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SAN FRANCISCO — The startup is housed in a garage-like space in San Francisco's tech-heavy South of Market neighborhood, but it isn't like most of its neighbors that develop software, websites and mobile-phone apps. Its mission is to find plant replacements for eggs.
SPRINGFIELD, Colo. — Southeast Colorado farmer Ryan Loflin tried an illegal crop this year. He didn't hide it from neighbors, and he never feared law enforcement would come asking about it.
LOS ANGELES — To make the world safer for pets, Lindsey Wolko had to design an indestructible dog.
Ripped from headlines that still feel wet, "The Fifth Estate" dramatizes the fast, controversial rise of anonymous-whistleblower website WikiLeaks and its figurehead, Julian Assange.
OCEAN CITY, Md. — The crabs, and carbs, aren't just in Baltimore.
Arizona residents will be offered health-insurance plans with some of the lowest premiums in the country when federal insurance marketplaces begin open enrollment Tuesday under Obamacare, the government said Wednesday.
LOS ANGELES — When Charlie Annenberg adopted an abandoned golden retriever named Lucky, a new breed of philanthropy was born.
Local city officials tout economic development plans, education programs and the will to progress as signs of the potential of the East Valley as a major player on the bioscience sector.
RESTON, Va. — Mark Stewart turns quite a few heads as he zips through the streets on his neon green ELF bike. With each pedal, his feet take turns sticking out from the bottom while a gentle motor hums in the background.
Amazon.com Inc. is looking to fill 7,000 jobs in 13 states.
Borrowing for tuition, housing and books would be less expensive for college students and their parents this fall but the costs could soon start climbing under a bill the Senate passed overwhelmingly Wednesday.
Despite an outcry from civil rights groups, a call for close examination by President Barack Obama and even a 1960s-style sit-in at the Florida governor's office, the jury's verdict that George Zimmerman was justified in shooting unarmed teenager Trayvon Martin is unlikely to spur change to any of the nation's stand-your-ground self-defense laws.
At first blush, it’s impossible to see the pressure which eats at Jonathan Sims.
Culinary herbs are among the hottest trends in gardening. They also are popular among families who preserve fresh foods for later use.
When I was growing up in Virginia, one of the signs of summer I anticipated most was the appearance of fat green tomatoes on the vines in our garden. We picked them well before they started to blush, dipped the thick slices in egg and milk, dredged them with cornmeal, salt and pepper, then fried them in a skillet.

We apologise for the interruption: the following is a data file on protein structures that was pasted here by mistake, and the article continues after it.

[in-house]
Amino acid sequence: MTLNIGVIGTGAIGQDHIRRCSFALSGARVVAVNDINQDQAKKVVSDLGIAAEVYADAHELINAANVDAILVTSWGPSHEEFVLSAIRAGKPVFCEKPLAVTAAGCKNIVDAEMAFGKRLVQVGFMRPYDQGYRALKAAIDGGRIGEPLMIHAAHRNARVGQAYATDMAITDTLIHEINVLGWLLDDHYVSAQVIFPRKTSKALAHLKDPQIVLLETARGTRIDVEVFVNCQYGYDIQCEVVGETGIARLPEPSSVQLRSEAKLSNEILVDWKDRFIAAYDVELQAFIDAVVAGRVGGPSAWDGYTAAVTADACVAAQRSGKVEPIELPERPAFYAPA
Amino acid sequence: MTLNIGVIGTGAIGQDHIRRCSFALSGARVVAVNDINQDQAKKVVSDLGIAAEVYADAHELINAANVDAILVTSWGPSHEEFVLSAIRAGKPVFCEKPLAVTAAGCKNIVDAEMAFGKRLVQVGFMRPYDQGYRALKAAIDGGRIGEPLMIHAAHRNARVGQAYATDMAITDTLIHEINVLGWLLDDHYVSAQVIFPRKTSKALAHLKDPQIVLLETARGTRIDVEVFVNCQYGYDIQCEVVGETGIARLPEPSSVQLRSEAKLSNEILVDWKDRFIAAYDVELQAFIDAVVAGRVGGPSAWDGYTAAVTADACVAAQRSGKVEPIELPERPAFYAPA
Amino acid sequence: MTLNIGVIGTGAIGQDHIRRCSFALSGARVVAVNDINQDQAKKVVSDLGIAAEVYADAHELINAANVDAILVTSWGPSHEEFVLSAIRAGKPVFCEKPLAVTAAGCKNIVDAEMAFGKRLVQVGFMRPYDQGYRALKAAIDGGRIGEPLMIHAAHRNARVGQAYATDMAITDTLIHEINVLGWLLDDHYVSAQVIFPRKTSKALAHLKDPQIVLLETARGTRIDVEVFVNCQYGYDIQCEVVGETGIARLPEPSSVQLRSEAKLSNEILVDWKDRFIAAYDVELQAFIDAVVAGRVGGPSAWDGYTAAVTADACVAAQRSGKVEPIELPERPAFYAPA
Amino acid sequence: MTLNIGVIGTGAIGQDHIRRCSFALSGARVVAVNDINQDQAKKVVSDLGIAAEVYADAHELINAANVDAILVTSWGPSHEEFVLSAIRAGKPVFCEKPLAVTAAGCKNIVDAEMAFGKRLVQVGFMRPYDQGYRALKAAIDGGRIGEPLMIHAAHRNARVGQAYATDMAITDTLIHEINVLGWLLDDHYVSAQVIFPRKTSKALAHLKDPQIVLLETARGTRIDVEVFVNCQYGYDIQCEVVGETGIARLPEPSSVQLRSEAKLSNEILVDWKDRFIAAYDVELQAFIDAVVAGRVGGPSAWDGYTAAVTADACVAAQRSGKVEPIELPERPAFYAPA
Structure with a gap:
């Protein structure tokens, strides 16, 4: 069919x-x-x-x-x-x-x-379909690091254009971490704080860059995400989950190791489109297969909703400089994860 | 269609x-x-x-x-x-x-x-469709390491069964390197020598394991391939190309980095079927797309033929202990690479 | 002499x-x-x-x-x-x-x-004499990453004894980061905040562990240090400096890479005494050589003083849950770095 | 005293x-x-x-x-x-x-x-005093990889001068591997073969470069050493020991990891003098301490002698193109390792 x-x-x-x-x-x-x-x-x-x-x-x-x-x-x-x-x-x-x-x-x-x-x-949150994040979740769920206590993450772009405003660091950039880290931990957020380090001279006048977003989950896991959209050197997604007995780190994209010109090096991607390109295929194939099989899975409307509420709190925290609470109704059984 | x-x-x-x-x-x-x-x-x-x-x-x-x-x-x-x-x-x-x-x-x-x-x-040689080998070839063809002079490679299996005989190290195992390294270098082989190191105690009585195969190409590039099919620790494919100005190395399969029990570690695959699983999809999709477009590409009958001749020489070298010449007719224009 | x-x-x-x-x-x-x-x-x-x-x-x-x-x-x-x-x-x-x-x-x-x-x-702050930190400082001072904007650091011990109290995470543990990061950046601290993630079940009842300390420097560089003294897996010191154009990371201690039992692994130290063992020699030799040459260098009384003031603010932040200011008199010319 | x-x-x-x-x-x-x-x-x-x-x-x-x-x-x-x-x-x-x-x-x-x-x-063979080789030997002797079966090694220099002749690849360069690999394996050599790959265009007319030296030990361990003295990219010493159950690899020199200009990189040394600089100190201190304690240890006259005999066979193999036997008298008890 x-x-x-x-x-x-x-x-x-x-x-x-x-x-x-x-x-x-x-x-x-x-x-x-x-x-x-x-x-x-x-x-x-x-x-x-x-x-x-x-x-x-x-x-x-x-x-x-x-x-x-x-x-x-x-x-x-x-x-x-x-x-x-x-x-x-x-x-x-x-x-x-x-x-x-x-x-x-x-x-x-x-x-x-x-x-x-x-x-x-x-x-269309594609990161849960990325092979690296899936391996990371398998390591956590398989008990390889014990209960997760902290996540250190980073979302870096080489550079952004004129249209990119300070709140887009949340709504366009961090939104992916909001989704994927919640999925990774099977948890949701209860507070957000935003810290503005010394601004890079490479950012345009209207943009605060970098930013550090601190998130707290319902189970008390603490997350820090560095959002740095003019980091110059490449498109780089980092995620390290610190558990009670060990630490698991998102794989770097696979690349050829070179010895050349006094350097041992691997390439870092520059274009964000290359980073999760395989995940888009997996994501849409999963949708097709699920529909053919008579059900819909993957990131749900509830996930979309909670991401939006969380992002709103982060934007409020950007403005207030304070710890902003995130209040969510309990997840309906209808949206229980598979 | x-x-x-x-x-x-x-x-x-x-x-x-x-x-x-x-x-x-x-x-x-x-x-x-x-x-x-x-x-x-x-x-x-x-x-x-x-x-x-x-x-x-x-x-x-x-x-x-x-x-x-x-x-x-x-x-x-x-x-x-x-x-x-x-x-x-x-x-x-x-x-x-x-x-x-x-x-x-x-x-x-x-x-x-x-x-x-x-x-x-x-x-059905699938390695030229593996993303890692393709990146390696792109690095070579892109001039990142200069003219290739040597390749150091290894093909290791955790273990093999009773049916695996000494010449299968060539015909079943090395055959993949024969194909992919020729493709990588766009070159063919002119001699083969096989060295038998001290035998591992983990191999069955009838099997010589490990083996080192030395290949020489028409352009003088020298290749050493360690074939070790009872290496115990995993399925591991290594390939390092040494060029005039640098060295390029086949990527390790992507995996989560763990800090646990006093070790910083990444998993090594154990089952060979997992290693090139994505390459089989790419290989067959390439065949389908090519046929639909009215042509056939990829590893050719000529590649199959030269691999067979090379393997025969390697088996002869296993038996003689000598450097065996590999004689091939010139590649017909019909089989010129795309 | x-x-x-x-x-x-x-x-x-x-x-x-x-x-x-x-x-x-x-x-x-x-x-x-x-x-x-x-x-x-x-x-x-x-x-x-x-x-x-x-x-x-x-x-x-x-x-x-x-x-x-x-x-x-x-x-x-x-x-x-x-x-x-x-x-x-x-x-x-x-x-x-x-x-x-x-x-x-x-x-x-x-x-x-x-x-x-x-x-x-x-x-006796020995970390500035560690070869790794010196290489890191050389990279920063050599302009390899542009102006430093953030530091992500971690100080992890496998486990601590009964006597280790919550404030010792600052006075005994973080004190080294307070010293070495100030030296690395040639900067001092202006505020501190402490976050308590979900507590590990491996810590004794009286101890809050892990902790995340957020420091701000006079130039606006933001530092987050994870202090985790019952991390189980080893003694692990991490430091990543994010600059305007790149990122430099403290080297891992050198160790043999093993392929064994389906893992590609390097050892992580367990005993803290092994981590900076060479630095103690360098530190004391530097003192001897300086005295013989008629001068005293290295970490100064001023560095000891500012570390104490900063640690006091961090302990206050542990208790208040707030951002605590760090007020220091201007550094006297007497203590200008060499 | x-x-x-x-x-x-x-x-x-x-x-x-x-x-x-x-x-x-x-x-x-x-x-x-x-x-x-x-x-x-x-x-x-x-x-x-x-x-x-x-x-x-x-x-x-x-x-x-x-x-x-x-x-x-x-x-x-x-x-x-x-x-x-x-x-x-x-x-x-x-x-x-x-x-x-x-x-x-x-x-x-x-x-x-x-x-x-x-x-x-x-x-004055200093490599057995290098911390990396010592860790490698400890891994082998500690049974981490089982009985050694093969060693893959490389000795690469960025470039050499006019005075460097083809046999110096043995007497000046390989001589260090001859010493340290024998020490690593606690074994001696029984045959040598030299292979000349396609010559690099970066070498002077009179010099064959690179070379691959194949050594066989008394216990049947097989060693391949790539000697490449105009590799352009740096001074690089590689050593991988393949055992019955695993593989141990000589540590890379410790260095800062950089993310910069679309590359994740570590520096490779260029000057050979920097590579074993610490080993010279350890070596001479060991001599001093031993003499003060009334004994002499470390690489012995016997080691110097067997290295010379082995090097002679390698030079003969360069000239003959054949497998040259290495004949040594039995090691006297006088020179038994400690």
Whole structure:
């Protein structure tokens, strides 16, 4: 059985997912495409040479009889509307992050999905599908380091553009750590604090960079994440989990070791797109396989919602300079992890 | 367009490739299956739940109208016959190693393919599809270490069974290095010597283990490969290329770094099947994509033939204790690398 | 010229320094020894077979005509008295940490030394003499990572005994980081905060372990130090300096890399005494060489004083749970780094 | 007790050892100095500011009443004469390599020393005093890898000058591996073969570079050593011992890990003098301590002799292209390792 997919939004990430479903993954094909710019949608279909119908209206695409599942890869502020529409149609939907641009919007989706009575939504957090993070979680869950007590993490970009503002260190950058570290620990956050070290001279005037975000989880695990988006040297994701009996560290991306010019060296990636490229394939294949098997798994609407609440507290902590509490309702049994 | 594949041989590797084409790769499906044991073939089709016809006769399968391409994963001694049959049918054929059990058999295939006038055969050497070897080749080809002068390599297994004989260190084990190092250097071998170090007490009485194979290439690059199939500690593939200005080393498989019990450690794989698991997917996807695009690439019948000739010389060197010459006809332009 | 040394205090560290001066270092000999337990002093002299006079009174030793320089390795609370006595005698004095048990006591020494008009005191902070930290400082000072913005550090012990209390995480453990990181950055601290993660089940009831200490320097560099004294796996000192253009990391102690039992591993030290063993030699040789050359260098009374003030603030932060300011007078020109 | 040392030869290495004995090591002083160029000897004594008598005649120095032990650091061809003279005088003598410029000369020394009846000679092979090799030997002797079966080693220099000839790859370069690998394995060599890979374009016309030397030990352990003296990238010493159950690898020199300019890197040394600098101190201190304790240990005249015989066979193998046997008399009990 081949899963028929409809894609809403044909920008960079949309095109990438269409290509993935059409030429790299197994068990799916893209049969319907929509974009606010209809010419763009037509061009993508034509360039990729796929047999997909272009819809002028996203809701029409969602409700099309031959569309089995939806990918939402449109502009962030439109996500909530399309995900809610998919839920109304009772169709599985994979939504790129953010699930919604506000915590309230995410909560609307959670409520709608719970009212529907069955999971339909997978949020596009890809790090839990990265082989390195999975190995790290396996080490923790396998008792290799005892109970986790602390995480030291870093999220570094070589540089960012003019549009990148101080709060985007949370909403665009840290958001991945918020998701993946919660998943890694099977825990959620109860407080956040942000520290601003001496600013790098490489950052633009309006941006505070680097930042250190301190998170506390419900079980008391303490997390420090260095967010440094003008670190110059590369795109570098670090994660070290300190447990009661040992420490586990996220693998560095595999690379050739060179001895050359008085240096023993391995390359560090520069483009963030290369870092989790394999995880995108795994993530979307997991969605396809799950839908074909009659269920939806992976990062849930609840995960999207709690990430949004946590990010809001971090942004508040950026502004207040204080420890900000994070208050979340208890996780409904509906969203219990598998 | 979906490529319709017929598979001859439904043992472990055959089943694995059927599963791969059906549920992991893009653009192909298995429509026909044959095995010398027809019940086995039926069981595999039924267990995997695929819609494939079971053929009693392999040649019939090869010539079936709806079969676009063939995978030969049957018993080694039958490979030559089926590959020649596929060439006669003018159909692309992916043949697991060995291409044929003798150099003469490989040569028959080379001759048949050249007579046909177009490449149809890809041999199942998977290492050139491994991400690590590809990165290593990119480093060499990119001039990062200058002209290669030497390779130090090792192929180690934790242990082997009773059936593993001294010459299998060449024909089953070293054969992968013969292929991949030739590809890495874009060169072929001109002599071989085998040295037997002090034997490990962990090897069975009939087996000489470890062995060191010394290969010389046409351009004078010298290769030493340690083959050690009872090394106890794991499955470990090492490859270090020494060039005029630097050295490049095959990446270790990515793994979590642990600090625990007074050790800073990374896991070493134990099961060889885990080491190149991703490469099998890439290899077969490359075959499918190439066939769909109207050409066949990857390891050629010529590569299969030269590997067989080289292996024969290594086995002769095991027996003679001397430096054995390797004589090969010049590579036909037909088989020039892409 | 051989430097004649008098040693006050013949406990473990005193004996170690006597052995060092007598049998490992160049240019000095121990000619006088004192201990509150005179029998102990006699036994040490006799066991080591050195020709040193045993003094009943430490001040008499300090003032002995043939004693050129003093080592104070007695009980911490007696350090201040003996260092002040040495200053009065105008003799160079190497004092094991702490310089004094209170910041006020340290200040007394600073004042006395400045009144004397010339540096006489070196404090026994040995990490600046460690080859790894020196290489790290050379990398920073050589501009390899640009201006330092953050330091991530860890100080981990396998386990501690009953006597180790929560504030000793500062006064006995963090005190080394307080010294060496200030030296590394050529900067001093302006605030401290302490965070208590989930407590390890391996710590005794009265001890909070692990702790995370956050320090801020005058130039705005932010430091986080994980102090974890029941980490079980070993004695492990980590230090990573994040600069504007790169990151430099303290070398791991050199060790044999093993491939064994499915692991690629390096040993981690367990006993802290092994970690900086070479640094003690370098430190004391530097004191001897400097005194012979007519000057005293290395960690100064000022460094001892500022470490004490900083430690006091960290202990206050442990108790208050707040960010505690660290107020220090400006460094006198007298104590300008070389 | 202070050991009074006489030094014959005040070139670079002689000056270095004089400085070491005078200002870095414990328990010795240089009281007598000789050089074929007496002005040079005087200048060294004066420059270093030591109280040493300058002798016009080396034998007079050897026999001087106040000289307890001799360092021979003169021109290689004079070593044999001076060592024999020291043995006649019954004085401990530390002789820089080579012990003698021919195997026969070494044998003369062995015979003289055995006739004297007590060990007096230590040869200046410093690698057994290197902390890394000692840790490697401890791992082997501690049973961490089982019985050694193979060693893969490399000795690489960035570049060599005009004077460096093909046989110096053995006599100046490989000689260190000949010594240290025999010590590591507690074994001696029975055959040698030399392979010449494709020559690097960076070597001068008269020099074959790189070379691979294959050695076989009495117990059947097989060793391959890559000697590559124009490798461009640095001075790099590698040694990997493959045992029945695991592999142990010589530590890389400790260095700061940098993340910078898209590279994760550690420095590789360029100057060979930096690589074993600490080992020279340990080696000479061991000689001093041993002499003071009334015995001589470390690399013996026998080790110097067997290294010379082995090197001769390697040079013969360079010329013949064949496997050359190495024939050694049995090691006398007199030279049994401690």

Humorist Dave Barry has said, "the greatest invention in the history of mankind is beer. The wheel was also a fine invention, but the wheel does not go nearly as well with pizza."
When executives of corporations are caught aiding and abetting criminal behavior of their employees, the executives are prosecuted and the businesses are destroyed.
PHILADELPHIA — A Philadelphia abortion doctor was found guilty Monday of first-degree murder and could face execution in the deaths of three babies who authorities say were delivered alive and then killed with scissors at his grimy clinic, in a case that became a flashpoint in the nation's debate over abortion.
WASHINGTON -- Sen. Jeff Flake’s vote against expanded background checks on gun sales earlier this month caused his approval ratings to drop, making him one of the “most unpopular” U.S. senators, a new poll says.
Arizona authorities say a package addressed to Sheriff Joe Arpaio discovered in a northern Arizona mailbox would have exploded if opened, leading to serious injuries or death.
WASHINGTON — President Barack Obama is designating five new national monuments, using executive authority to protect historic or ecologically significant sites — including one in Delaware sought by Vice President Joe Biden.
Declarations were first made during tryouts, when Campo Verde coach Rosanne Headley declared to her girls that the goal was a state title, and anyone not interested, "grab your bag and there's the gate," she recalled.
It takes a heap of living to make a house a home, and for anyone who goes on the 13th Annual Mesa Historical Homes Tour, they’ll get to see that centuries of living took place through a diverse community and wide variety of structures.
If people vote with their feet, then at least a few people last year saw Arizona as a land of opportunity.